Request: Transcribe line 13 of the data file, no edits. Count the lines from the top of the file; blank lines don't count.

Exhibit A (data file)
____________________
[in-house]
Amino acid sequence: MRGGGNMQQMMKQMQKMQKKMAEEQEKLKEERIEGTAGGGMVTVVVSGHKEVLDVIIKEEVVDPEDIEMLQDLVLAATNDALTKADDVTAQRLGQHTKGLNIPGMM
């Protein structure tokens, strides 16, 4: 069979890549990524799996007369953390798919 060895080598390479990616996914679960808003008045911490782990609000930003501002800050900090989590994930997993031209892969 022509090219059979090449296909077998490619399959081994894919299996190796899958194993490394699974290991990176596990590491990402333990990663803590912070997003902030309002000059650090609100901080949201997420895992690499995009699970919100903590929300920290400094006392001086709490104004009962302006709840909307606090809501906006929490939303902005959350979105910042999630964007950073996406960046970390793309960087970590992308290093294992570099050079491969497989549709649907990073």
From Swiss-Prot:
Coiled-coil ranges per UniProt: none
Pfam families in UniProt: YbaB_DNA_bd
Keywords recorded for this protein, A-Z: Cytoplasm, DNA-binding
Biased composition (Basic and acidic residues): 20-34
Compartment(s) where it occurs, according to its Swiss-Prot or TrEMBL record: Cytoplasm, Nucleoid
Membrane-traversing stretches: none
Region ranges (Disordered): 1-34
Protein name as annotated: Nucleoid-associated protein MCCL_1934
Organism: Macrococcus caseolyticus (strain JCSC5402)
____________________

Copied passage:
Organism: Macrococcus caseolyticus (strain JCSC5402)